In the Media

New stalking laws will mean ordeal no longer 'trivialised'

PUBLISHED November 26, 2012

Jeremy Browne, the Lib Dem crime prevention minister, estimated that one in six women is pursued by a stalker at some point in their life, with some feeling their lives have been "ruined" by the crime.

He said two new offences that came into force on Sunday will make it "clear" stalking will be prosecuted by police. Those convicted of stalking by harrassing, following or spying on people face up to six months in prison, while those guilty of stalking with the threat of violence face up to five months in jail.

"It is the sort of offence that people can sometimes brush under the carpet, not be aware of," he said.

"It is something that has been trivialised in the past as just people, mainly women being a bit bothered but nothing to worry about too much.

"But we're saying it is a serious offence, it is a significant offence, we want people to be aware of it. Where it comes with the threat or the fear of a threat of violence associated with stalking then that is an even more specific offence that comes with heavier penalties.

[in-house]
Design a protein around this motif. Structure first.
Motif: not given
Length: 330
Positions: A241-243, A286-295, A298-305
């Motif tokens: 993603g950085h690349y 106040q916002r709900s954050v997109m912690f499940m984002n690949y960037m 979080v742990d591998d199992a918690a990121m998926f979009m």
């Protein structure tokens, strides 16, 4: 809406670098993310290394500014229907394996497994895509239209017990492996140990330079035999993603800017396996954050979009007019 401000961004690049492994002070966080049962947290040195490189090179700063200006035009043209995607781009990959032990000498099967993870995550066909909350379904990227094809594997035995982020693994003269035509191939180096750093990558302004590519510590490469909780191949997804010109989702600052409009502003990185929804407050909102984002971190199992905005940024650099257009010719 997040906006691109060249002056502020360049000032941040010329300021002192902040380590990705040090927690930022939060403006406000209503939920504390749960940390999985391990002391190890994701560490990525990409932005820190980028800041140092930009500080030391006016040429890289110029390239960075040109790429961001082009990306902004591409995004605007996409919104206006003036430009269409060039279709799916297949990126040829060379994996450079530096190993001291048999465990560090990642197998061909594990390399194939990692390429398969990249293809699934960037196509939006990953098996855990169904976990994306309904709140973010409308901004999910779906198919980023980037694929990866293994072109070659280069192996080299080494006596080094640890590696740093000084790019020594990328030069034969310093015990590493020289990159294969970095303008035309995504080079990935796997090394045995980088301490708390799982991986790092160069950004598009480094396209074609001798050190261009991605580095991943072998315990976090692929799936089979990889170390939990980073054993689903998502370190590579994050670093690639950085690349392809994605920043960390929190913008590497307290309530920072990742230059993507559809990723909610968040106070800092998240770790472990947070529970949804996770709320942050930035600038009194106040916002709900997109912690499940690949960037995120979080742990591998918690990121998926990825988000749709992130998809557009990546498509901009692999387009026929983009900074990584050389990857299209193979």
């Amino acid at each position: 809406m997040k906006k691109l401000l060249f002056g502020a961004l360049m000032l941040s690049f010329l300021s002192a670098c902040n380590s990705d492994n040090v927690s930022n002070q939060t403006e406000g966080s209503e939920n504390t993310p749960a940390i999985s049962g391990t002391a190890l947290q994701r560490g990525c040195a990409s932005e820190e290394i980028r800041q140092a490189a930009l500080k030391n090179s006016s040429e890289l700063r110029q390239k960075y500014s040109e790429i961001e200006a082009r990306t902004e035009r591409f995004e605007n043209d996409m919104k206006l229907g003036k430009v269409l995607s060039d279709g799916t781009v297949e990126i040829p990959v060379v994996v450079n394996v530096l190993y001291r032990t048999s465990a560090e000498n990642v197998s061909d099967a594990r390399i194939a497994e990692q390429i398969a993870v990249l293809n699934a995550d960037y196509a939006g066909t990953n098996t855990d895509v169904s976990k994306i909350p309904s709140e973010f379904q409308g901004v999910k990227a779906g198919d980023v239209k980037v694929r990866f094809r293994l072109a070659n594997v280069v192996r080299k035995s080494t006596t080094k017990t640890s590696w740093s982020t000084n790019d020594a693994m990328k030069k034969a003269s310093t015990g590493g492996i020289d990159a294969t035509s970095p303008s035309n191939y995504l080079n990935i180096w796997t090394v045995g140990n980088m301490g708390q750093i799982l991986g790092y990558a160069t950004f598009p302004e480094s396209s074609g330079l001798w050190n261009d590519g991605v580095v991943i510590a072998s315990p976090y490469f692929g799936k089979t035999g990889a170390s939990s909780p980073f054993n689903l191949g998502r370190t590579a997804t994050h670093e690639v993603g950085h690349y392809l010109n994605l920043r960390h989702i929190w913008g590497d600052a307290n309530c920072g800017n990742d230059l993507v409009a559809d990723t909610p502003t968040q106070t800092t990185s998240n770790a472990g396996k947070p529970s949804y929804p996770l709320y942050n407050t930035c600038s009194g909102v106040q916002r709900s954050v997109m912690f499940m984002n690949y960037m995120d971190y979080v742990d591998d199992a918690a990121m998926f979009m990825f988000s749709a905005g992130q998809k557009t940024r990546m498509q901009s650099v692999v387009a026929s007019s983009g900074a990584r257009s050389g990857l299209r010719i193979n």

"I think that police forces around the country will now have this as a very clear guide of how the Government wants them to deal with this offence."

Mr Browne said there is some evidence that making stalking a specific offence helps convict more people, after Scotland brought in similar laws two years ago.

At the moment, around 120,000 women are stalked each year but only half lead to a reported crime and only one in 50 incidents leads to a conviction.

Theresa May, the Home Secretary, said over the weekend she had moved to address weaknesses in the current system after hearing from a mother whose daughter was killed by her stalker.

Rana Faruqui, a 35-year-old business analyst was stalked and then stabbed to death in 2003 by a former boyfriend, Stephen Griffiths.

Miss Faruqui's mother Carol became a campaigner for tougher laws on stalking.

The Home Secretary said over the weekend: "Carol was determined to campaign for the victims of stalking and talking to her made me realise the full horror of stalking. I am determined to do all I can to stop more women suffering Rana's fate. Sadly her case is not a one-off."